AWS Solutions Architect - Professional Exam Tips

I passed the AWS Solutions Architect Professional exam on February 13, 2017. At that time, I'd been working with AWS for almost a year and had spent the previous 6 months working in AWS day in and day out. Prior to diving into AWS, I've been a software developer, system integrator, systems engineer, software architect, web designer, and Raspberry Pi home automation enthusiast. I've been asked by a number of my colleagues about my exam prep. The internet is filled with blog posts and social media posts about how folks passed the exam; consider this yet another post to add to the pile.

The Associate exam is all about single services within AWS -- do you know and understand what each service does, doesn't do, and its use cases. The Professional exam is more about how you combine these services to address a client's needs: how do you mix and match and trade the various services to solve specific requirements.

How did I Prepare?

  • Spend time with AWS

    Experience really is the best asset to have in either exam. I've spent a lot of time building stacks with CloudFormation, leveraging DynamoDB, constructing EC2 Instances, transferring data to S3, creating CloudFront distributions, creating a Route53 hosted zone, and, even more importantly, failing spectacularly on all of these endeavors! Making mistakes teaches you how things work and don't work and those memories (and scars) helped a lot during the exam itself. These are the specific things I did in AWS which helped:

    • VPC, Subnets, Network ACLs, and Security Groups
    • EC2 Instance Types
    • CloudFormation templates and stacks
    • Website hosting
      • Static hosting on S3
      • Apache on EC2
      • CloudFront distributions
      • Route53 Hosted Zones
    • Create an Elastic Beanstalk stack
    • Create an OpsWorks stack
  • Read the AWS exam blueprint

  • Use A Cloud Guru

    I started with the ACloud.Guru course for both the Associate and Professional Solutions Architect exams. I found both courses to be incredibly helpful and insightful. The Associate level course had a lot more material in it where the Professional course was more high level and theoretical.

    After each course, I'd spend some time with the AWS Frequently Asked Questions and relevant white papers.

  • Watch a bunch of AWS re:Invent videos on YouTube - I just searched for AWS Solutions Architect Professional and found numerous playlists of videos to watch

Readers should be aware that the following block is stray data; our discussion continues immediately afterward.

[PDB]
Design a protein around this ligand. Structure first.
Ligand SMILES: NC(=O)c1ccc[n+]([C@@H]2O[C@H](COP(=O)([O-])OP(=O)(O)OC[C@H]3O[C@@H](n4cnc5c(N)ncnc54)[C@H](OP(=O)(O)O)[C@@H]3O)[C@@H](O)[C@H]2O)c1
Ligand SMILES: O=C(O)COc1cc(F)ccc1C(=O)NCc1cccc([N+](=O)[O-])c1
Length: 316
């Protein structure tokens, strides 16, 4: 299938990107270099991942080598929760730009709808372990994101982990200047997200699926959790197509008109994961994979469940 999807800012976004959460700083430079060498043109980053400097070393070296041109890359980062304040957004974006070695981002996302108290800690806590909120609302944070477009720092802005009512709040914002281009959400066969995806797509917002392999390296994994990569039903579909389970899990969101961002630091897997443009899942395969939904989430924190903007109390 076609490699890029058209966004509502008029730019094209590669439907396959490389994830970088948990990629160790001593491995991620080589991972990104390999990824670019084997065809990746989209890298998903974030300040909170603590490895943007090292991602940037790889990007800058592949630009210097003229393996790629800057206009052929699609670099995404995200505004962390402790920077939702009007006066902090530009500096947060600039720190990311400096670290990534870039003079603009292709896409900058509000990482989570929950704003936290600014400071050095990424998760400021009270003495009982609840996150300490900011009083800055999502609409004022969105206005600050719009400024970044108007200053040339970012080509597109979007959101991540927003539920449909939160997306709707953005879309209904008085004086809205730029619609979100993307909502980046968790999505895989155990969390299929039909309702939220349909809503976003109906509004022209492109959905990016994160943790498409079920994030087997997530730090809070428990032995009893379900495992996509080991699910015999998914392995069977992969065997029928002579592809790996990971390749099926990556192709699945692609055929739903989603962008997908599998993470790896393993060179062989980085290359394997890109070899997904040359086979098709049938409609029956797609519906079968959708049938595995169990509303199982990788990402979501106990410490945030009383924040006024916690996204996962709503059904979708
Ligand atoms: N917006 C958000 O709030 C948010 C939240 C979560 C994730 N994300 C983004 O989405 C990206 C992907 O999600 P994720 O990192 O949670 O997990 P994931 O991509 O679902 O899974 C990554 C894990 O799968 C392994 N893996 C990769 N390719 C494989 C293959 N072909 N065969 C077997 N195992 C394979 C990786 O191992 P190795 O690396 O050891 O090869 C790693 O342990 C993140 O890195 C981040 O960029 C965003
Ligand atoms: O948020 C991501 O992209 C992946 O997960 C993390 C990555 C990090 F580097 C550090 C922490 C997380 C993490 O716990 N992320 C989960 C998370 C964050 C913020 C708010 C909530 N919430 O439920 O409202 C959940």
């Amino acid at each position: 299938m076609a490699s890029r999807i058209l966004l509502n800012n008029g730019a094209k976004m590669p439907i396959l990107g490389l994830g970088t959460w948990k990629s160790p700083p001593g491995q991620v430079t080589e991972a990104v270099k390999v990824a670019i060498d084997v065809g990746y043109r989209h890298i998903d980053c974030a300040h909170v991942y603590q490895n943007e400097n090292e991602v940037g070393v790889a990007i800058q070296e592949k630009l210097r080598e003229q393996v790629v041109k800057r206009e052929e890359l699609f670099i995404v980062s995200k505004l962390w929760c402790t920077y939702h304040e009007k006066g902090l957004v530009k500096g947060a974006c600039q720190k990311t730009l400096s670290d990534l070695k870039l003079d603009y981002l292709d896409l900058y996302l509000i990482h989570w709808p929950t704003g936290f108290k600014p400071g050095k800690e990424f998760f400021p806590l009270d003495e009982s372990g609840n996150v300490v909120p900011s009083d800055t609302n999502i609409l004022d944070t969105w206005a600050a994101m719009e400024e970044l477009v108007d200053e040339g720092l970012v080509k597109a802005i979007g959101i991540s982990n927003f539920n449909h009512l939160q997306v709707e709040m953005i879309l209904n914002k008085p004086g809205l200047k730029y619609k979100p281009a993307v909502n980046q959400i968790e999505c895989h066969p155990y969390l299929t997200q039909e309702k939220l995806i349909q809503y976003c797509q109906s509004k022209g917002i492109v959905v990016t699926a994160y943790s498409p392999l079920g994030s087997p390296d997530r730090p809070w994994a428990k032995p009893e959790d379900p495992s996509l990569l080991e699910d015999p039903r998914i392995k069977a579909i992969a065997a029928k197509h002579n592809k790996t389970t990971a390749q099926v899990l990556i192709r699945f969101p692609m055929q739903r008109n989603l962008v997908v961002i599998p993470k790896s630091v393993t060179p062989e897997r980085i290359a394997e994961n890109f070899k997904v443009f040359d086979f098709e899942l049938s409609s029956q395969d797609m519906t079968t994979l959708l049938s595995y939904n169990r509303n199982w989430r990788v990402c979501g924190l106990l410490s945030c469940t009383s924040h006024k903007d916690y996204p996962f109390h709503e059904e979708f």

• Read all the white papers (multiple times). I preferred downloading the Kindle versions to read on my Android tablet
  • Read the FAQs of services I didn’t know well
  • Read this post: http://cantrill.io/certification/aws/2015/10/04/passing-the-aws-solutions-architect-professional-exam.html
  • Take the practice test - it's tougher than the real exam but it's a good prep for the real test.

Key Topics to Understand

  • CloudFront Distribution Protocols
  • RDS Backup and Replication Types
  • Storage Gateway
  • Instance Types and their Uses
  • Spot vs Reserved vs On Demand EC2 Instance types, where to use them and why
  • EMR
  • Elastic Beanstalk
  • OpsWorks
  • CloudFormation
  • Kinesis
  • Data pipeline
  • VPCs
  • Direct Connect
  • S3 Storage types and lifecycles policies
  • Disaster Recovery Strategies for Databases
  • Basic RAID concepts
  • Federated Authentication including SAML tokens and STS Workflows
  • What services are interested vs intra region

My Exam Strategy

  • For each question, start by reading the last sentence first (as recommended by acloud.guru). Focus on what it was asking like “what architecture meets these requirements while still being cost effective”. Then read the entire question from the start with the last sentence in mind. Always focus on THOSE final words when choosing your answers.
  • Focus on the details in the question: look for Chekhov's gun: if they include it in the question it probably shapes the answer (although I encountered a few that seemed to be red herrings).
    • Durable: probably means S3
    • An RPO less than 3 hours means it's not Glacier
    • Rapid scaling is a clue for Dynamo
    • Cost effective: clue to use reserved or spot instances and possibly avoid Multi-AZ
  • Remember that Multi-AZ databases are not backups; if you need to restore from a corrupt state or a human mistake, a multi AZ database will have duplicated that mistake. Understand what DB backup options exist.
  • Start by excluding the answers that are wrong: typically two answers can be excluded off the bat -- look for architectural details that you know are wrong like using SNS to distribute work or backing up a database to S3; I wrote down these on my sheet of paper and widdled down my answers to the remaining two or three that were valid. Typically those answers differed by only one detail and that helped to select the right one.
  • When in doubt, pick the answer that's based on AWS; a few questions talked about creating RAID solutions or configuring routes on the instance itself -- this is not the AWS way so I avoided those answers.

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